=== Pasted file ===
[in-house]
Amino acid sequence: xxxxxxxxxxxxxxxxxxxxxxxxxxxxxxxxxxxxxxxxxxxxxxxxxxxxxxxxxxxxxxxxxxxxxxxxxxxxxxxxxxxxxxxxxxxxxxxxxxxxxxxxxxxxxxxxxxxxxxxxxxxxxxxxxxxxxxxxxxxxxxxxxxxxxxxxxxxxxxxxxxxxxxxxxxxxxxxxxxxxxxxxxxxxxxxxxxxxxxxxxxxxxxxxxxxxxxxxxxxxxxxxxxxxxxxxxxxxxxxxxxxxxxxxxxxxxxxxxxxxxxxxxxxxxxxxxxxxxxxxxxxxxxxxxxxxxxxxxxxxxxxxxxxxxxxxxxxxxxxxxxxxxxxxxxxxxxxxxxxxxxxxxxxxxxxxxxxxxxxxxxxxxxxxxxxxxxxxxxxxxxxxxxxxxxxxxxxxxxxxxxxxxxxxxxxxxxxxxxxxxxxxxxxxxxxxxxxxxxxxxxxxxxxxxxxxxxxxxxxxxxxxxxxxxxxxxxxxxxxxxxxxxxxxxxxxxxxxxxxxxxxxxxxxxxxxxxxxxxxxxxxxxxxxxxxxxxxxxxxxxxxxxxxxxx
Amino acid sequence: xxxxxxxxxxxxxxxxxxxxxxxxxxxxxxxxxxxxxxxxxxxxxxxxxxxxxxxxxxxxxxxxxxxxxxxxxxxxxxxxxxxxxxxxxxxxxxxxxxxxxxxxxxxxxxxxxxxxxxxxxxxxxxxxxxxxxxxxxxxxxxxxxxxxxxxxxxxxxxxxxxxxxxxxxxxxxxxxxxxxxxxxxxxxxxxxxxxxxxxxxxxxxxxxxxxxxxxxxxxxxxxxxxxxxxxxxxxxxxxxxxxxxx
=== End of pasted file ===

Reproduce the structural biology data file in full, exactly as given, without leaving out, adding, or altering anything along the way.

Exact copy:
[in-house]
Amino acid sequence: xxxxxxxxxxxxxxxxxxxxxxxxxxxxxxxxxxxxxxxxxxxxxxxxxxxxxxxxxxxxxxxxxxxxxxxxxxxxxxxxxxxxxxxxxxxxxxxxxxxxxxxxxxxxxxxxxxxxxxxxxxxxxxxxxxxxxxxxxxxxxxxxxxxxxxxxxxxxxxxxxxxxxxxxxxxxxxxxxxxxxxxxxxxxxxxxxxxxxxxxxxxxxxxxxxxxxxxxxxxxxxxxxxxxxxxxxxxxxxxxxxxxxxxxxxxxxxxxxxxxxxxxxxxxxxxxxxxxxxxxxxxxxxxxxxxxxxxxxxxxxxxxxxxxxxxxxxxxxxxxxxxxxxxxxxxxxxxxxxxxxxxxxxxxxxxxxxxxxxxxxxxxxxxxxxxxxxxxxxxxxxxxxxxxxxxxxxxxxxxxxxxxxxxxxxxxxxxxxxxxxxxxxxxxxxxxxxxxxxxxxxxxxxxxxxxxxxxxxxxxxxxxxxxxxxxxxxxxxxxxxxxxxxxxxxxxxxxxxxxxxxxxxxxxxxxxxxxxxxxxxxxxxxxxxxxxxxxxxxxxxxxxxxxxxx
Amino acid sequence: xxxxxxxxxxxxxxxxxxxxxxxxxxxxxxxxxxxxxxxxxxxxxxxxxxxxxxxxxxxxxxxxxxxxxxxxxxxxxxxxxxxxxxxxxxxxxxxxxxxxxxxxxxxxxxxxxxxxxxxxxxxxxxxxxxxxxxxxxxxxxxxxxxxxxxxxxxxxxxxxxxxxxxxxxxxxxxxxxxxxxxxxxxxxxxxxxxxxxxxxxxxxxxxxxxxxxxxxxxxxxxxxxxxxxxxxxxxxxxxxxxxxxx